During a September 15 press conference to announce Microsoft’s purchase of Visio Corp. in a stock swap valued at $1.3 billion, Visio’s cofounder and president, Jeremy A. Jaech, said, “This transaction takes us further than we’d ever have achieved on our own. It’s really a ’1+1=3’ equation for us.” But FASB wants companies in Microsoft’s position to spell out exactly how goodwill figures into such a deal.
Jerry Masters, Microsoft’s senior director of financial reporting and planning, said in an interview that he doesn’t have a problem with that. The Visio deal would have been made whether or not the pooling method was available, he said, showing little concern over the effect of goodwill charges on Microsoft’s earnings. “We don’t want accounting to drive this stuff any more than it has to,” he added. “Analysts and readers of financial statements will understand these premium amortizations are not necessarily a part of ongoing operations.”
By “premium,” Masters meant the amount over market value that Microsoft will pay for each share of Visio stock. If the stock-swap deal, for example, had been completed at press time, valuations of Microsoft and Visio stock would have resulted in Microsoft’s paying approximately 3% more than market value for each share of Visio stock. So far, however, the companies have not announced when they will complete the deal, which is subject to regulatory approval. But since the Visio deal is likely to close before the FASB proposal can be put into effect, Microsoft can use the pooling method when it accounts for the transaction.
But Microsoft isn’t the only big company involved in a merger with substantial intangible assets. For even a giant like America Online, goodwill charges’ impact on earnings can be damaging. Merrill Lynch’s study points out that in AOL’s acquisition of Netscape, goodwill constituted almost 70% ($6.88 billion) of the deal’s value. Following that transaction, which was accounted for using the pooling method, AOL reported a net loss of $71 million. If the purchase method were mandated, AOL instead would have reported a net loss of $759 million.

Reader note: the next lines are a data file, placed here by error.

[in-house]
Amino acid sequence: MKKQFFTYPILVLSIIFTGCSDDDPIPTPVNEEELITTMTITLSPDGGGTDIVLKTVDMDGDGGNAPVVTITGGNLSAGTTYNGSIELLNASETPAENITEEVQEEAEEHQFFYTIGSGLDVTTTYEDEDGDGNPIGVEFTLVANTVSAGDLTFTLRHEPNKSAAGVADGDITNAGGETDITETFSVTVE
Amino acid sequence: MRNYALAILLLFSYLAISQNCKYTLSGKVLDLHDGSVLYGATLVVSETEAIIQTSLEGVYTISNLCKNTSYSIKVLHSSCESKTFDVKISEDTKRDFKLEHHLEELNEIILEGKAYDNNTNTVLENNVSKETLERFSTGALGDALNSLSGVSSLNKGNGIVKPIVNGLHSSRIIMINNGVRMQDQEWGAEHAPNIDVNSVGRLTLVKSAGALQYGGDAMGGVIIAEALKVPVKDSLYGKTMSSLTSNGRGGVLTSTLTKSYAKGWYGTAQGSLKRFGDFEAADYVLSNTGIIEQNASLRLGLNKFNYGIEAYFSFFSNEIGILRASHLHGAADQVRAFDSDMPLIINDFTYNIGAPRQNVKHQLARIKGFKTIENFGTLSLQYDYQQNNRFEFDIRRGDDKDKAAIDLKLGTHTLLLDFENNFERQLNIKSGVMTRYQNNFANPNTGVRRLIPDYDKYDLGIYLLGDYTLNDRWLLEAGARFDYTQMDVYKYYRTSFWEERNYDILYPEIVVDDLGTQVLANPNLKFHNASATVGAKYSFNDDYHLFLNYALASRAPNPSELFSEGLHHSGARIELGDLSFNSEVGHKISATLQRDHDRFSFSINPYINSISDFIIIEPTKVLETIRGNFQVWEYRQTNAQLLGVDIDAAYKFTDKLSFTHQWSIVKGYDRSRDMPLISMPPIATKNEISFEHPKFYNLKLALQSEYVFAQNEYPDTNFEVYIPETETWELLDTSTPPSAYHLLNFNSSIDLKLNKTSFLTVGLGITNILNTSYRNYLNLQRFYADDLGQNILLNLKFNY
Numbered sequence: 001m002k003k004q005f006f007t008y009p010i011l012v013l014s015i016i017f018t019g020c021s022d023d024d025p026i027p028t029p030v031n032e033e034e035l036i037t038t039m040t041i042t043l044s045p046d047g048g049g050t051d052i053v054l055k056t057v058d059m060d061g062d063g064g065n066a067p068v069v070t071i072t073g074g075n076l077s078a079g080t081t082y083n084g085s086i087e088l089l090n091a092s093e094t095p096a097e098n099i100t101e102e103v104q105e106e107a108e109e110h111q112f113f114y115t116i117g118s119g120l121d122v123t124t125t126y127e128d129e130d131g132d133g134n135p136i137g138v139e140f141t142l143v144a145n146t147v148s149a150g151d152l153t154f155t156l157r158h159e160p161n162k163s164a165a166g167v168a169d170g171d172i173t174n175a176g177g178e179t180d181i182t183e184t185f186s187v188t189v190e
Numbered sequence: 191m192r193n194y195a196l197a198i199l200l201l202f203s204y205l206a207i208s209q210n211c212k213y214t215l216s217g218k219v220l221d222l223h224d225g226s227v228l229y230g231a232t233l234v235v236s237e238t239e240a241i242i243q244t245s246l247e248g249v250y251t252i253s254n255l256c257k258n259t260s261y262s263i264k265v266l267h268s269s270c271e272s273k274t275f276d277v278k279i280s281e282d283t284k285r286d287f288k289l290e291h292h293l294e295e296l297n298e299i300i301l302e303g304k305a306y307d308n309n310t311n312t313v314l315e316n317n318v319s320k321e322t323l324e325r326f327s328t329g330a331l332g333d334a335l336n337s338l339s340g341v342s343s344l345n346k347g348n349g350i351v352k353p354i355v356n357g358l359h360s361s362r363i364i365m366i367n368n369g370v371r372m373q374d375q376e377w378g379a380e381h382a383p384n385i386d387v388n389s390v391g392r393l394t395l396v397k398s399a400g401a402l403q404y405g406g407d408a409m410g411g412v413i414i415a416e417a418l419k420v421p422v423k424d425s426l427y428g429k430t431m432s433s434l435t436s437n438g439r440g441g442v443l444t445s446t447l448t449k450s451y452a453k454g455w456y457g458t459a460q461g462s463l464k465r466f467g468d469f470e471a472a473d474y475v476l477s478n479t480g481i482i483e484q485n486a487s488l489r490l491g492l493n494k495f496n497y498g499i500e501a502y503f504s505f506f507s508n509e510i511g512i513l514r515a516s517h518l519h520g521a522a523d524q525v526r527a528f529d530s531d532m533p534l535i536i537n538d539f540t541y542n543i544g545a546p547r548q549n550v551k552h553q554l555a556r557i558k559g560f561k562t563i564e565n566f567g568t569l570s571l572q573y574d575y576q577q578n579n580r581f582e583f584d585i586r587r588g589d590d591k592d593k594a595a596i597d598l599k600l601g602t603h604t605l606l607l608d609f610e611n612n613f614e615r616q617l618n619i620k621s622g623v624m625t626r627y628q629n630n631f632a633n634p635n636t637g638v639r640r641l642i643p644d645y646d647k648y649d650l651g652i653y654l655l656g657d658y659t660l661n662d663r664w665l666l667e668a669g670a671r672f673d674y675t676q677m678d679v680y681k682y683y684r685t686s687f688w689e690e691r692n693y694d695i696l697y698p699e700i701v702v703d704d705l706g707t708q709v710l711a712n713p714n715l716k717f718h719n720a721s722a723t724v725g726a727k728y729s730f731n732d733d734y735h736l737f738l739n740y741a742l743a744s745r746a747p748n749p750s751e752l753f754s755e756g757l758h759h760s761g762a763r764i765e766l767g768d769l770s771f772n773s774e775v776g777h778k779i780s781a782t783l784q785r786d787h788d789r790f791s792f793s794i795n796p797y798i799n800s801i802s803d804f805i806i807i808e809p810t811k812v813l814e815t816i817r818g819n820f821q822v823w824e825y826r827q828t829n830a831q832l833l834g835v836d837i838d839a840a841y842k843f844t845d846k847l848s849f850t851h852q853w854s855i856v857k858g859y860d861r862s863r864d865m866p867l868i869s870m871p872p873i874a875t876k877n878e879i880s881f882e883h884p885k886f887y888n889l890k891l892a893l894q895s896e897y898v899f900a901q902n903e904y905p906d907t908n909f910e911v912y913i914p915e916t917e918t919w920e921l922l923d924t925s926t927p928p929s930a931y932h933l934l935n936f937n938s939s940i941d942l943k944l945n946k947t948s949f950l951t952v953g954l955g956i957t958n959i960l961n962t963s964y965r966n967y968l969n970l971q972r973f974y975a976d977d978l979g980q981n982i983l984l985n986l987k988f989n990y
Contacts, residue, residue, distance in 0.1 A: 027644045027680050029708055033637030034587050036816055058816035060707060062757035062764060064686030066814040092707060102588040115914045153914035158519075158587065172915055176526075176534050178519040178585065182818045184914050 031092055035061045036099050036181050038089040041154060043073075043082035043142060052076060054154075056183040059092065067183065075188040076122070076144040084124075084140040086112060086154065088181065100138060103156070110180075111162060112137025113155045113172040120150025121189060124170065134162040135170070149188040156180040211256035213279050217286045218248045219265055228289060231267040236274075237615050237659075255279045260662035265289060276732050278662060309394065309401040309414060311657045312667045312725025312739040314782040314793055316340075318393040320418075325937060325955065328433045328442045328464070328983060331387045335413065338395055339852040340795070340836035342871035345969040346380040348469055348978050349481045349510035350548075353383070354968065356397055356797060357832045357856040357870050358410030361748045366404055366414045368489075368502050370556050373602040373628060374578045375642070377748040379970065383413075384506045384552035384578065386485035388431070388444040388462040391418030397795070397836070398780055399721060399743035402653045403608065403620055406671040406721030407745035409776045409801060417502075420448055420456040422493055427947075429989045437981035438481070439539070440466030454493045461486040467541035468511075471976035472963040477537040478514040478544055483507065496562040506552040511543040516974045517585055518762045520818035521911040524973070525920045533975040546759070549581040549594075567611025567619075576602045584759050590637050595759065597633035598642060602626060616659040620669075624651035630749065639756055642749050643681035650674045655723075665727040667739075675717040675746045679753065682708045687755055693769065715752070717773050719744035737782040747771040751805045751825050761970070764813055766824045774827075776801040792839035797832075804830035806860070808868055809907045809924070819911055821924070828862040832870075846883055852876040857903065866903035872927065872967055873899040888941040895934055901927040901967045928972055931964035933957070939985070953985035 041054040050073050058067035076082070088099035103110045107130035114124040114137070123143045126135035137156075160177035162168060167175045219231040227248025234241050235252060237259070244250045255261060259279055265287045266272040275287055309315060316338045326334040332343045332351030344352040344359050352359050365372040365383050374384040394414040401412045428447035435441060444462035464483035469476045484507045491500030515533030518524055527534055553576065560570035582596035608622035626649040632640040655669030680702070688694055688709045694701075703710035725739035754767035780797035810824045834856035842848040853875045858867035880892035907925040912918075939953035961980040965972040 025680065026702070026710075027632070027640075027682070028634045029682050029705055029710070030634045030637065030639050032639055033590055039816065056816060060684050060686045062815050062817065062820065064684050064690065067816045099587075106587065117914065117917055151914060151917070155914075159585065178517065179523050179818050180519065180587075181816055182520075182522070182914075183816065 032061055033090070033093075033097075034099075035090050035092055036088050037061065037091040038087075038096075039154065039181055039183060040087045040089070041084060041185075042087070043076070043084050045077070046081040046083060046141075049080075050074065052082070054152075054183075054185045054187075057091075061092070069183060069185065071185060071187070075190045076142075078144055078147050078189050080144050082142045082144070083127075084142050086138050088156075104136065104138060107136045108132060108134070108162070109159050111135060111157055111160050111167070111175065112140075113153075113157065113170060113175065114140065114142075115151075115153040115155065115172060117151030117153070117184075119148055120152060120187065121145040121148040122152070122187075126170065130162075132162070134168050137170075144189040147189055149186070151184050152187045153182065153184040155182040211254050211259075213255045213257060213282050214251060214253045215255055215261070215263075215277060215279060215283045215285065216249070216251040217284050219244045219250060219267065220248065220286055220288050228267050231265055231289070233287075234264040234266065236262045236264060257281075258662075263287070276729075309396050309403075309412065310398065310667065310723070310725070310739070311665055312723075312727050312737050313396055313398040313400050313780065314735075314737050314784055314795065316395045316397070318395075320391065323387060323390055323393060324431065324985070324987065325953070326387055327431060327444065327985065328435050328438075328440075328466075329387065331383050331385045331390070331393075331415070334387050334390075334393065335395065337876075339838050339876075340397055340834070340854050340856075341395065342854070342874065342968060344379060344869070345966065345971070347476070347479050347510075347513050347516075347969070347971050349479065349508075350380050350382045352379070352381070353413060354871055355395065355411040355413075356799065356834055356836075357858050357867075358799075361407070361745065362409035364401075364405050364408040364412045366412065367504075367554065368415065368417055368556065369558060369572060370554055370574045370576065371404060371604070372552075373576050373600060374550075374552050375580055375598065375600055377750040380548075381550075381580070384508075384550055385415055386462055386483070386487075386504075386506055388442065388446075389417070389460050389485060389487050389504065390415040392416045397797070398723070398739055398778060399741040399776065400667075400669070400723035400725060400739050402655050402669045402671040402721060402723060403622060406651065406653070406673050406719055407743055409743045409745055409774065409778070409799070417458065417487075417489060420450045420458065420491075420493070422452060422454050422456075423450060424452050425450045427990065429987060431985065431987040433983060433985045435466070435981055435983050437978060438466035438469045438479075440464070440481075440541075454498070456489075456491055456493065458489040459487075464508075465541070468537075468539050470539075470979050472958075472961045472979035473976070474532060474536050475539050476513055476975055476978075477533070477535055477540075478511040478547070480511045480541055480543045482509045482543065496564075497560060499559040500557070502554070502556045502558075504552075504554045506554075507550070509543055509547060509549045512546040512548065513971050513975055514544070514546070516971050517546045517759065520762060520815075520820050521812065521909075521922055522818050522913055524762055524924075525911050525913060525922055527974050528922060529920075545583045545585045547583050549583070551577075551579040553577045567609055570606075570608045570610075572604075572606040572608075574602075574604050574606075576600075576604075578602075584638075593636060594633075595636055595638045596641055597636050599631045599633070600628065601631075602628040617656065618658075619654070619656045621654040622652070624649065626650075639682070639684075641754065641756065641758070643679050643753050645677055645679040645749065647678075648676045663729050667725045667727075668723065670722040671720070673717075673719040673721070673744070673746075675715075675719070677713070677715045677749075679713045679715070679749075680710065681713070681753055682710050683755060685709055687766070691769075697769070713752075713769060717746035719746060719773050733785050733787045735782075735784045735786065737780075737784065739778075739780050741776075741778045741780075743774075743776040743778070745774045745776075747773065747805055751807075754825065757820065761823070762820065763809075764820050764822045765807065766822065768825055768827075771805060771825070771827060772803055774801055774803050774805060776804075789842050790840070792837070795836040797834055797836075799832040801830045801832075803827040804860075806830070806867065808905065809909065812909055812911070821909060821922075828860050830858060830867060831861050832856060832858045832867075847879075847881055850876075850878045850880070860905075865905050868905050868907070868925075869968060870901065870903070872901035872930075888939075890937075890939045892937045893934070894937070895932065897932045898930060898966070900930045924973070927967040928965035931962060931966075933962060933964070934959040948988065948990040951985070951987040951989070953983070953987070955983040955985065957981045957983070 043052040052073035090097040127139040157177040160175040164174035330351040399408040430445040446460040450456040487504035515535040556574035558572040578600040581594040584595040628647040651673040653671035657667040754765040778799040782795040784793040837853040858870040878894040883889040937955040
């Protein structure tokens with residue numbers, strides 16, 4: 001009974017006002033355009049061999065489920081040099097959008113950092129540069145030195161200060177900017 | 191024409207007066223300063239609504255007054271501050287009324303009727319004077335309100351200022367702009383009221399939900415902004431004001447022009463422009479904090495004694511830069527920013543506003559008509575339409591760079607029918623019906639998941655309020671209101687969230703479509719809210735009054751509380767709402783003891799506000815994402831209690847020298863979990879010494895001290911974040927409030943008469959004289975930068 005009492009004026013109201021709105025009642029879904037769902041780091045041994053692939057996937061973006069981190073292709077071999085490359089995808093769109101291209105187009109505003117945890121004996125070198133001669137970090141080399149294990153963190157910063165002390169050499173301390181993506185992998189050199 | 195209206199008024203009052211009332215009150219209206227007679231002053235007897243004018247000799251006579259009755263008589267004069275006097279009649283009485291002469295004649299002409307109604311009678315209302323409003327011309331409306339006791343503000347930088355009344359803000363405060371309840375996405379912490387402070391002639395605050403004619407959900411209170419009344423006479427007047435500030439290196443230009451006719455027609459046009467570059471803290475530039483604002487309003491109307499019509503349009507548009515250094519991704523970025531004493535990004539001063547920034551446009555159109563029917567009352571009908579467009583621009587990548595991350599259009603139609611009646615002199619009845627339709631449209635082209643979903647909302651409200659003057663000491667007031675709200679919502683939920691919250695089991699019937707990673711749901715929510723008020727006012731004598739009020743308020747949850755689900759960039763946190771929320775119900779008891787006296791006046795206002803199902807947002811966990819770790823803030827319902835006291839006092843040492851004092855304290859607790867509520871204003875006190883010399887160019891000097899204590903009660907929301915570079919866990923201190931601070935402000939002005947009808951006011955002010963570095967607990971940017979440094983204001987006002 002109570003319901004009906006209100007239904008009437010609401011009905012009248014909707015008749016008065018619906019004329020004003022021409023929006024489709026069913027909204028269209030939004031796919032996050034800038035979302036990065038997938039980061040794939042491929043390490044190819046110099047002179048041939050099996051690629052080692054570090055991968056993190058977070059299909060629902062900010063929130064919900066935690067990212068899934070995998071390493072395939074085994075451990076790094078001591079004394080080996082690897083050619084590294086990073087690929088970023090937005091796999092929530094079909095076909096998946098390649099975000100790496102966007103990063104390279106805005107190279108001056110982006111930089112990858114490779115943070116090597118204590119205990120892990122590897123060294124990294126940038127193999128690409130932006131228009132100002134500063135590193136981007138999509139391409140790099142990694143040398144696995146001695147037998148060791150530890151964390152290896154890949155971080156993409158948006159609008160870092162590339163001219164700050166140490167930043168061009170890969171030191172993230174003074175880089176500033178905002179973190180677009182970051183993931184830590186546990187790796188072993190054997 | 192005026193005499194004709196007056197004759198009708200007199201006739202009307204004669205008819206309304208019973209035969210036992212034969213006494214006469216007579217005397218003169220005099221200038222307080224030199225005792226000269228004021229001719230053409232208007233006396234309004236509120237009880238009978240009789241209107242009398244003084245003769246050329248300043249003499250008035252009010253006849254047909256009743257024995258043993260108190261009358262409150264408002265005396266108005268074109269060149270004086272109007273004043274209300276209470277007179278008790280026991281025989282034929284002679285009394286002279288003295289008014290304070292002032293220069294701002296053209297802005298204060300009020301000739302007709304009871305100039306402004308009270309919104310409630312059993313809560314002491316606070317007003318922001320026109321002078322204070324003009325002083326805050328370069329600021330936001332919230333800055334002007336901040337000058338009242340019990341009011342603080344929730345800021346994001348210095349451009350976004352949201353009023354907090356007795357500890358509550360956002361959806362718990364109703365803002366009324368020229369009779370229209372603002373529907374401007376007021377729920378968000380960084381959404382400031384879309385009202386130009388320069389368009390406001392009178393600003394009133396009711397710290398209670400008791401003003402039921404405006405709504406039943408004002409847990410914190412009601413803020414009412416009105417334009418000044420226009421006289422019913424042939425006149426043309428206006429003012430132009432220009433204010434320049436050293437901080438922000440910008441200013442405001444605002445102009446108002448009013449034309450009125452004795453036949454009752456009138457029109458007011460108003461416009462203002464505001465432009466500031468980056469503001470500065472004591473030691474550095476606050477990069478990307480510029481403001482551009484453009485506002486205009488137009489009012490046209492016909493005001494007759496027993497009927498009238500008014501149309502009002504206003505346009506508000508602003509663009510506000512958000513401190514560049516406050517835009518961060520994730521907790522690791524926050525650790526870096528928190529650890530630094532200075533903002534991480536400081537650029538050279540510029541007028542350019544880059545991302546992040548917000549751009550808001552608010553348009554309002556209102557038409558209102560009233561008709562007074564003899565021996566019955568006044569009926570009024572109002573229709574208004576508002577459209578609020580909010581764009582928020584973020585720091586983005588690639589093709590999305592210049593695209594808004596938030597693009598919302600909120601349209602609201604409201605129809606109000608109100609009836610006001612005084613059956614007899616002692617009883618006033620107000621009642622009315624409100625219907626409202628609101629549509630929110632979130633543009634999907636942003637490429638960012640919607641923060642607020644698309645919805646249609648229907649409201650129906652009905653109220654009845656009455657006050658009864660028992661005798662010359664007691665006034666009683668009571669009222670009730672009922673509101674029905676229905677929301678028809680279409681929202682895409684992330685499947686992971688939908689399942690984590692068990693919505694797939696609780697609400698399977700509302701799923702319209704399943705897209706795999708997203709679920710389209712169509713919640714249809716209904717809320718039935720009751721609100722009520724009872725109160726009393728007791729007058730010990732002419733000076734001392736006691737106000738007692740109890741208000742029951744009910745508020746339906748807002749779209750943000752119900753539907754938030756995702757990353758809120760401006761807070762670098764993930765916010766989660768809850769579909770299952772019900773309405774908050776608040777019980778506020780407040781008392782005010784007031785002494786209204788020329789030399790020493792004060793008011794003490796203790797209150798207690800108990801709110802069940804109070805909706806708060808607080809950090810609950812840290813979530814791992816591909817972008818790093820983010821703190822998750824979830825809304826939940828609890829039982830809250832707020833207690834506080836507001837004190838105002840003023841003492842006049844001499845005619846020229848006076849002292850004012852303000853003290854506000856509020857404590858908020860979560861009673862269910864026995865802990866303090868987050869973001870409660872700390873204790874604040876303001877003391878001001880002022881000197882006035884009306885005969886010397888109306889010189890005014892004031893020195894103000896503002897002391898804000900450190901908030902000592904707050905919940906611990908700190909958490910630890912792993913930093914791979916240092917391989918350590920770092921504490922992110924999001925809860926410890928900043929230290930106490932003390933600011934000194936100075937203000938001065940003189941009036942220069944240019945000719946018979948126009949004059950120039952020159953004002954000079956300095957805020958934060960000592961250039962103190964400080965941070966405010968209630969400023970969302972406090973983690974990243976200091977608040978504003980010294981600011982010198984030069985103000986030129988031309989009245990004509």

In both scenarios, the economics are identical. But the difference between them is that many companies, unable to inspire the level of investor confidence a Microsoft possesses, could see their market value decline significantly when stating earnings under the purchase method.
Recent history shows how common pooling deals are. The Merrill Lynch study noted: “In 1998, 55% of the dollar volume of U.S. mergers employed the pooling method. Many of these mergers—and the efficiencies they produced—would not have occurred had companies been forced to comply with the new [mandatory purchase] accounting standard now being contemplated.”
Thus far, a full-blooded bull market has given investors few reasons, if any, to regret buying into the majority of the entrepreneurial visions that spark these combinations.
So, for FASB, the question is where to draw the line between creative, yet acceptable, deal making and accounting practices that, intentionally or not, prove to be deceptive.
Calling on Congress
Merrill Lynch’s study of the pooling controversy said that, “according to the U.S. Department of Commerce, three knowledge-intensive industries—financial services, information technology and pharmaceuticals—accounted for nearly 30% of America’s GDP (gross domestic product) in 1998.” The study also noted that, in 1998, U.S. mergers were far greater in number and total value than those in Europe and Asia combined.
With those kinds of numbers supposedly at risk, it’s not surprising that opponents of the FASB plan are waging war against it on several fronts. Beresford confirmed this development: “People aren’t getting the answers they would like and are saying to their congressmen, ’You’d better look into this terrible FASB process.’”
If Congress decides to convene hearings, it will carefully examine not only the allegations that FASB’s plan will harm the economy, but also whether the proposal will meet its stated goals. One of those goals is the harmonization of international standards, which, according to FASB, mandate the purchase method.
According to the Merrill Lynch study, however, “the changes that FASB proposes would still fall short of creating a uniform global standard.” It said international standards tolerate several exceptions to the purchase method. In Germany, for example, companies merging in a stock-based deal can immediately write off against equity the cost of goodwill, while the FASB proposal would require companies to amortize their goodwill within a 20-year period. The study went on to say that, in the United Kingdom, when companies of similar size merge, they can use the pooling method. Merrill Lynch concluded that FASB’s push for harmonization comes at an inopportune time—when there is no international consensus on accounting principles involving all aspects of business combinations.